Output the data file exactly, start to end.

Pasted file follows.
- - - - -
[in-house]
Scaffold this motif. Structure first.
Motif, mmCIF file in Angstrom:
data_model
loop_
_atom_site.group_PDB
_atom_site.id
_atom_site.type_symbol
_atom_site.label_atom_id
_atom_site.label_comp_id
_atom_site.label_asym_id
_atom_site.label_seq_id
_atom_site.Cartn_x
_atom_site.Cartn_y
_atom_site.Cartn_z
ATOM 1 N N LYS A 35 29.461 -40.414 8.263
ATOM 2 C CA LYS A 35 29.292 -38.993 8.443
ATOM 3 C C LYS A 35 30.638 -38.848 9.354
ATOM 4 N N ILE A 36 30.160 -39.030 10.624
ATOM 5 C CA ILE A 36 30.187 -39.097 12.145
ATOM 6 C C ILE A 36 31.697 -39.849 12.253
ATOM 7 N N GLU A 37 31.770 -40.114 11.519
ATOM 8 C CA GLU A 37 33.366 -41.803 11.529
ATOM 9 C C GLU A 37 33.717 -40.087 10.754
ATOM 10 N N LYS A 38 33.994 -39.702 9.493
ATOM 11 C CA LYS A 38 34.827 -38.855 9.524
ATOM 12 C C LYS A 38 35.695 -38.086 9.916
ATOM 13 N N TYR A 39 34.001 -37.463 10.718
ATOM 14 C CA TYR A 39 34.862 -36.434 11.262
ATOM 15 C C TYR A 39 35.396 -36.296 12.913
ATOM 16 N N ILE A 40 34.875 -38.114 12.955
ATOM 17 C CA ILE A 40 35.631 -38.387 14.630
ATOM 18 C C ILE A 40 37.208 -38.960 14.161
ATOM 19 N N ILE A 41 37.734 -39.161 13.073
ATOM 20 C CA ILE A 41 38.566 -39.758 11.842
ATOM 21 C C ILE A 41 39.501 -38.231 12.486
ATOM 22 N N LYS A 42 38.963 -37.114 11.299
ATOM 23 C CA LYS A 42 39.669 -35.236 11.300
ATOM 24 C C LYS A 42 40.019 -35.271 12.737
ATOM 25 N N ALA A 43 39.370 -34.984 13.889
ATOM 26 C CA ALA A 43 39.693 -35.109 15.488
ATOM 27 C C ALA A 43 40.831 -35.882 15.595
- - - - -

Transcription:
[in-house]
Scaffold this motif. Structure first.
Motif, mmCIF file in Angstrom:
data_model
loop_
_atom_site.group_PDB
_atom_site.id
_atom_site.type_symbol
_atom_site.label_atom_id
_atom_site.label_comp_id
_atom_site.label_asym_id
_atom_site.label_seq_id
_atom_site.Cartn_x
_atom_site.Cartn_y
_atom_site.Cartn_z
ATOM 1 N N LYS A 35 29.461 -40.414 8.263
ATOM 2 C CA LYS A 35 29.292 -38.993 8.443
ATOM 3 C C LYS A 35 30.638 -38.848 9.354
ATOM 4 N N ILE A 36 30.160 -39.030 10.624
ATOM 5 C CA ILE A 36 30.187 -39.097 12.145
ATOM 6 C C ILE A 36 31.697 -39.849 12.253
ATOM 7 N N GLU A 37 31.770 -40.114 11.519
ATOM 8 C CA GLU A 37 33.366 -41.803 11.529
ATOM 9 C C GLU A 37 33.717 -40.087 10.754
ATOM 10 N N LYS A 38 33.994 -39.702 9.493
ATOM 11 C CA LYS A 38 34.827 -38.855 9.524
ATOM 12 C C LYS A 38 35.695 -38.086 9.916
ATOM 13 N N TYR A 39 34.001 -37.463 10.718
ATOM 14 C CA TYR A 39 34.862 -36.434 11.262
ATOM 15 C C TYR A 39 35.396 -36.296 12.913
ATOM 16 N N ILE A 40 34.875 -38.114 12.955
ATOM 17 C CA ILE A 40 35.631 -38.387 14.630
ATOM 18 C C ILE A 40 37.208 -38.960 14.161
ATOM 19 N N ILE A 41 37.734 -39.161 13.073
ATOM 20 C CA ILE A 41 38.566 -39.758 11.842
ATOM 21 C C ILE A 41 39.501 -38.231 12.486
ATOM 22 N N LYS A 42 38.963 -37.114 11.299
ATOM 23 C CA LYS A 42 39.669 -35.236 11.300
ATOM 24 C C LYS A 42 40.019 -35.271 12.737
ATOM 25 N N ALA A 43 39.370 -34.984 13.889
ATOM 26 C CA ALA A 43 39.693 -35.109 15.488
ATOM 27 C C ALA A 43 40.831 -35.882 15.595